It is the holiday season, which means it is time for the annual Tech Toys for the Holidays edition of the Digital Edge podcast. Sharon Nelson and I have searched far and wide for some fun and interesting technology toys for the lawyer or lawyer's spouse. We hope you enjoy the 2012 edition.
Our friend and colleague Reid Trautz has also just posted his 8th Annual Holiday Gift Guide for Lawyers on his blog. He does not limit himself to tech items and this year he has interesting features like rock star wannabe shirts and chocolate covered bacon candy. MMMMMM!
For those who are looking for a more traditional gift for the lawyer in their life, maybe the kind of gift that doesn't plug in and has pages that turn, ABA Publishing has a very interesting collection of books that would make fine gifts for lawyers. Included among these is The Little Book of Cowboy Law.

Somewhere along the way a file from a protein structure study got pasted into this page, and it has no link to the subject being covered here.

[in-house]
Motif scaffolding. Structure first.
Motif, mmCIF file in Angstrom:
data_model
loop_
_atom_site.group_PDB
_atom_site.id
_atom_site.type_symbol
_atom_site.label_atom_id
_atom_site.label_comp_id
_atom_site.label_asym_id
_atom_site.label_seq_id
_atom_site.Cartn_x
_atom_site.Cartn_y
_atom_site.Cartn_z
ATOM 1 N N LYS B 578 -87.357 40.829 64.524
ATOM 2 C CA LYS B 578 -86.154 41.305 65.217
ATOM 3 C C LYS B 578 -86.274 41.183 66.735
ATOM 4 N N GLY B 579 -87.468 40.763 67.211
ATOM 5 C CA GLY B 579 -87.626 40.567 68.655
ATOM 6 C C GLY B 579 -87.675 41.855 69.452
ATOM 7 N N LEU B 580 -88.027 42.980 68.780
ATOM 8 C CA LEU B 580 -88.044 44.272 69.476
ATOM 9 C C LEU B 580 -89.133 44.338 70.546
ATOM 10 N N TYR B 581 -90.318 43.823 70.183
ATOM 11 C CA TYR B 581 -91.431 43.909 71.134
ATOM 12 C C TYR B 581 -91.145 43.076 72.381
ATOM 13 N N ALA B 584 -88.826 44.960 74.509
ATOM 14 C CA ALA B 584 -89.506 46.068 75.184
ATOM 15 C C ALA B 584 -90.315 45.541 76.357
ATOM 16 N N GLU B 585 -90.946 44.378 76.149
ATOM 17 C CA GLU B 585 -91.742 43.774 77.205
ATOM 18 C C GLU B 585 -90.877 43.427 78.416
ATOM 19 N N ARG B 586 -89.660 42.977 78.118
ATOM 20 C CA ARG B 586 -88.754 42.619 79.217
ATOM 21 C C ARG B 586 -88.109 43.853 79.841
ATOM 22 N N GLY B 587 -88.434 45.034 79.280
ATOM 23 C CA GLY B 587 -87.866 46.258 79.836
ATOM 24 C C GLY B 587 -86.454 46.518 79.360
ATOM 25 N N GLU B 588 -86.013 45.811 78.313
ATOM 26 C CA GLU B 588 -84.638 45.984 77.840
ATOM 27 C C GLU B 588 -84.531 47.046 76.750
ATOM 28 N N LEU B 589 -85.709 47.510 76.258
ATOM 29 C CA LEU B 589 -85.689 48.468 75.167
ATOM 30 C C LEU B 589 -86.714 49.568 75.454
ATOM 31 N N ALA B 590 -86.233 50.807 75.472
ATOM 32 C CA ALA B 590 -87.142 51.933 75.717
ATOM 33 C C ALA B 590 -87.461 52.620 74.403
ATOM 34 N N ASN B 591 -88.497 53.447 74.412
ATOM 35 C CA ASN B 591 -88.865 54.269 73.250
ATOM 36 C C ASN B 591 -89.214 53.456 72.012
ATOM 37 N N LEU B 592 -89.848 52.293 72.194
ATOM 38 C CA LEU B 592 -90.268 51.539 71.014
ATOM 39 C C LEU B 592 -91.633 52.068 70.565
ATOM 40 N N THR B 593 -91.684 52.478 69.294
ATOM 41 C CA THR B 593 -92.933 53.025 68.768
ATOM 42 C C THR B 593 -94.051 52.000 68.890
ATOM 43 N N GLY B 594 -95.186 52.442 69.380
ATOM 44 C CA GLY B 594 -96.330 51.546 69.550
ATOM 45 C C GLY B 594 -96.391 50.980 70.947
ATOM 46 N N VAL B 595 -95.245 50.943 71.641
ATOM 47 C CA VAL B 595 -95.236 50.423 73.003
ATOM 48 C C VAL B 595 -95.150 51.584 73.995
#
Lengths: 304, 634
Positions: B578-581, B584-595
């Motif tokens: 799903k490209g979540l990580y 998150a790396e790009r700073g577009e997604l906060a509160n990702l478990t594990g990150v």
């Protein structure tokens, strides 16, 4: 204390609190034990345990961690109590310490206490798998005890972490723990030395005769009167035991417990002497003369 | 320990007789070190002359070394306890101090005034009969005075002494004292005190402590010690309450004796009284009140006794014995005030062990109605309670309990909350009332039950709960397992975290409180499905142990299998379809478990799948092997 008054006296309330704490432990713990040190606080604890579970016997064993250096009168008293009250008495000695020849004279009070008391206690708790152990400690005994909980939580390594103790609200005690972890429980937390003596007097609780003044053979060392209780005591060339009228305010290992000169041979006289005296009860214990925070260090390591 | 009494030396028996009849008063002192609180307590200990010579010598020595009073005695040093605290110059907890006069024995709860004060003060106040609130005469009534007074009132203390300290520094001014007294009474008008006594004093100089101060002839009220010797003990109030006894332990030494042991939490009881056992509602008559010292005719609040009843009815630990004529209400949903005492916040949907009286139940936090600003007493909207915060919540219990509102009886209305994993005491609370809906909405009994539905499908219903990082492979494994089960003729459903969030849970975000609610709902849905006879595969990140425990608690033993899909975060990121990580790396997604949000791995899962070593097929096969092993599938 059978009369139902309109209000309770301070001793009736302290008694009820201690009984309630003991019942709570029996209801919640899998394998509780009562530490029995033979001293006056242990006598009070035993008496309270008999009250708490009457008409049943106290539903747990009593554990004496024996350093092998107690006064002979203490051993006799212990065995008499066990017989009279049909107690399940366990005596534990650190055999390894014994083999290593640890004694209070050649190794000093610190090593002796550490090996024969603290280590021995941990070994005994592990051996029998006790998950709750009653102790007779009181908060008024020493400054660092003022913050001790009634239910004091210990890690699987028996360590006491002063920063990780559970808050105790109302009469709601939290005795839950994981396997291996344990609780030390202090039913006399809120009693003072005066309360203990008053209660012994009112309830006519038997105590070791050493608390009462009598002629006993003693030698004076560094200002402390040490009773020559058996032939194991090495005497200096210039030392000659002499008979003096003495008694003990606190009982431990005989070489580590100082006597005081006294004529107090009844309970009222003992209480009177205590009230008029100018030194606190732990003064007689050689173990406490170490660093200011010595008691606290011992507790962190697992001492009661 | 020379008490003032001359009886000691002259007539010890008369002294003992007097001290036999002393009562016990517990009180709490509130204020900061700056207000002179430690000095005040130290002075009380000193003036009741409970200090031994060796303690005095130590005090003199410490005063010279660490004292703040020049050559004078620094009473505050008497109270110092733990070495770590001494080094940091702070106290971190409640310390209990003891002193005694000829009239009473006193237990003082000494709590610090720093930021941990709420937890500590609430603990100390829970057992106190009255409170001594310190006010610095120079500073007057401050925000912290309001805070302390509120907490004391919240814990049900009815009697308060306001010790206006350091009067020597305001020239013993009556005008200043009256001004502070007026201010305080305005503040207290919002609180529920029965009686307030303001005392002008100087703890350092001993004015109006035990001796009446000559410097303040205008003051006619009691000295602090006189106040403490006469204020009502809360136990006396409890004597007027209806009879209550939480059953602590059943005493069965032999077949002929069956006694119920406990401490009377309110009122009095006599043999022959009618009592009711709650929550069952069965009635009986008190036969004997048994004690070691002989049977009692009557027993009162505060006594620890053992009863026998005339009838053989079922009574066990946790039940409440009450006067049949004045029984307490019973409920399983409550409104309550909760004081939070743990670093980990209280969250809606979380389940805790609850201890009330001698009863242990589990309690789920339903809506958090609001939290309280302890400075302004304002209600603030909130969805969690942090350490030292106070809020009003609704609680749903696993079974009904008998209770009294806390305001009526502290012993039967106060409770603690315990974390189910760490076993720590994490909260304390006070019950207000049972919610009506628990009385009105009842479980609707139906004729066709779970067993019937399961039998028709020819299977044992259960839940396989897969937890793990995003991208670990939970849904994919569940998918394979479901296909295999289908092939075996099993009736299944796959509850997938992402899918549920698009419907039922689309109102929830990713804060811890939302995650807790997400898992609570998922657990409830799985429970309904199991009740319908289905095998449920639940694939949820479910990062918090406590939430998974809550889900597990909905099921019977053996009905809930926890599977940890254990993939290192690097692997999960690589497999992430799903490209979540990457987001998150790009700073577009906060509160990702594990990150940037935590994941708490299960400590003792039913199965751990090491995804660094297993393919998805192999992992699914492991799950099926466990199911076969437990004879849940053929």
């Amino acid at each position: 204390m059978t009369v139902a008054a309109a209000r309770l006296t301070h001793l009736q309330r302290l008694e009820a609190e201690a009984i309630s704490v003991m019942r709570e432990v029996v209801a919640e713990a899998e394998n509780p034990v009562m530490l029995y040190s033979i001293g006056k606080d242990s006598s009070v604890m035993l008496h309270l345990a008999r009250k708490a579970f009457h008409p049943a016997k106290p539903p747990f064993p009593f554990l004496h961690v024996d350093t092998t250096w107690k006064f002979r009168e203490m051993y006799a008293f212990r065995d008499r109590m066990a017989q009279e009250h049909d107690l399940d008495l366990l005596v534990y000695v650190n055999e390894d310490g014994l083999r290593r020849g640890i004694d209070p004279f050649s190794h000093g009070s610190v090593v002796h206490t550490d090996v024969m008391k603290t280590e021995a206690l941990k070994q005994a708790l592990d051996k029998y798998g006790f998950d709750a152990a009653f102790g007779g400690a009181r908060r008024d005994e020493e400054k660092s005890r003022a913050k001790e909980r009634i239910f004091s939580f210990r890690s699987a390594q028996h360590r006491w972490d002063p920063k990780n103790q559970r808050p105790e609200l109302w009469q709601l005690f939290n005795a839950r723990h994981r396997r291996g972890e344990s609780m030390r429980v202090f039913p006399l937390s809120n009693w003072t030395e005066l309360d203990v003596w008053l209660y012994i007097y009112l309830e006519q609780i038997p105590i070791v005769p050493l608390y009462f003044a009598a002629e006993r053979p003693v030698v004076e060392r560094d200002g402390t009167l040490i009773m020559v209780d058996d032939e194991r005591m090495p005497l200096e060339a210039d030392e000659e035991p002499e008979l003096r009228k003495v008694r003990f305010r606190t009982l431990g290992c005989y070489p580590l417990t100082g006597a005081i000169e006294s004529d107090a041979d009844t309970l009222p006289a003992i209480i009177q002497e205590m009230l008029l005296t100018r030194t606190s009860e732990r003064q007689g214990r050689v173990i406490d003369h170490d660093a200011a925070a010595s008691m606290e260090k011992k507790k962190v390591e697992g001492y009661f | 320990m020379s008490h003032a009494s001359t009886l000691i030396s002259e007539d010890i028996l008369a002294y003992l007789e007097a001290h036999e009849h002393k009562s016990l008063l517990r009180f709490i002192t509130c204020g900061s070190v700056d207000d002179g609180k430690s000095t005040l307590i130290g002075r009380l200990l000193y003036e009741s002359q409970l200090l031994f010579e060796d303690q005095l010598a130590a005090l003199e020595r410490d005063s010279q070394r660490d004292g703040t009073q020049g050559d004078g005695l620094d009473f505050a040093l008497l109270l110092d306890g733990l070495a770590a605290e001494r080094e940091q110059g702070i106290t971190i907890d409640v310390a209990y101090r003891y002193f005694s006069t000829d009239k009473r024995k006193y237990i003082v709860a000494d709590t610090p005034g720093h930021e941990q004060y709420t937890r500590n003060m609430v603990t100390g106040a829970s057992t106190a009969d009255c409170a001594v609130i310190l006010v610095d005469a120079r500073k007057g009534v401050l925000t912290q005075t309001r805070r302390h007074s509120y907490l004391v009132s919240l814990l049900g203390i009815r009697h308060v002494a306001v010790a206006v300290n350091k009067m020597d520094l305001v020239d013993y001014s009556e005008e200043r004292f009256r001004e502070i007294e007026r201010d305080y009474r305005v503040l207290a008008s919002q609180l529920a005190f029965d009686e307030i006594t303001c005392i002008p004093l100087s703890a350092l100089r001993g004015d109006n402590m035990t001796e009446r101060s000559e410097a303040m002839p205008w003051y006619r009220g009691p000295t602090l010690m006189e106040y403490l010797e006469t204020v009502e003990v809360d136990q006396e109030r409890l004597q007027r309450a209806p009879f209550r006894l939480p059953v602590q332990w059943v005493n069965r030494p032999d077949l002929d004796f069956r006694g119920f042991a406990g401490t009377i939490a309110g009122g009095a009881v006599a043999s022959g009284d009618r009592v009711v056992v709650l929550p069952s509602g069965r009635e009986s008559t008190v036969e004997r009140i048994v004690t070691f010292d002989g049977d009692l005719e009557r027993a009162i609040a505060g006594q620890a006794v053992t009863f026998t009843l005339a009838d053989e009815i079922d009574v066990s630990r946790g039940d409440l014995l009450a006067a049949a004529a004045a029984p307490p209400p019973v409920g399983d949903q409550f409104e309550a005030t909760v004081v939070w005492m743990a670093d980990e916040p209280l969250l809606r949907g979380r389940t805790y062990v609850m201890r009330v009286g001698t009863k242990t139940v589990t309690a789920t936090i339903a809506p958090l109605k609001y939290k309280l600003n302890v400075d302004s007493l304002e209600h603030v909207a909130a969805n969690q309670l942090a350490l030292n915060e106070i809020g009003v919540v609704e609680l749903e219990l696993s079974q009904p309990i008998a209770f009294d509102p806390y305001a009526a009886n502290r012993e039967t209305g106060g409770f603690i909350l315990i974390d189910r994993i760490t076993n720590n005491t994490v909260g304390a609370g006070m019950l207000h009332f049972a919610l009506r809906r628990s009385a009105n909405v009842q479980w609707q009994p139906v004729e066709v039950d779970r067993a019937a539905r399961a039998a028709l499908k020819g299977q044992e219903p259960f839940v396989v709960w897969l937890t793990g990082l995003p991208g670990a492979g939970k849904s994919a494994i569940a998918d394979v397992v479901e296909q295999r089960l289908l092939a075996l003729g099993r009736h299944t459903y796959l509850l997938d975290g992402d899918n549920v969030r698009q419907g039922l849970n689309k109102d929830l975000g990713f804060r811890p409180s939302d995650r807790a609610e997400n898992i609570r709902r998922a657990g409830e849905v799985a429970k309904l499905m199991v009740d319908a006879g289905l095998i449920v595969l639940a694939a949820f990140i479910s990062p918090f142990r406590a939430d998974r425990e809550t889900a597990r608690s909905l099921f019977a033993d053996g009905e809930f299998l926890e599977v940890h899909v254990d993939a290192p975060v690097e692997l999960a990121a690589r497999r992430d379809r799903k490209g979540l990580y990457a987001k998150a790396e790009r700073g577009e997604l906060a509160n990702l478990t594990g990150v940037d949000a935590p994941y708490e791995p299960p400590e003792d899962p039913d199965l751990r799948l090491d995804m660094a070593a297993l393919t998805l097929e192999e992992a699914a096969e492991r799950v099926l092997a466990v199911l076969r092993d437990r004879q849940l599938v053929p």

So saddle up and round up some of these gift ideas, folks.
My Sites for Sore Eyes column in the just-released GPSOLO eReport is Beyond the Basics of Google. Long time readers of my blog may have seen a lot of this information before. But if you have some colleagues who would benefit from this information, be sure and send them the link. I am always surprised by the number of people who have never heard of Google Advanced Search or think it is some advanced function that they are not qualified to operate.
Here's an additional related site that wasn't in the article. If you have grown tired of people asking you questions that they could answer themselves if they would just use Google, check out the site Let Me Google That for You. (http://lmgtfy.com) The site's motto is "For all those people that find it more convenient to bother you with their question rather than google it for themselves." Go do a quick search there and click Preview to see the short animation you can send someone the next time they ask. It will bring a smile to your face. (But do not try this with your supervisor!)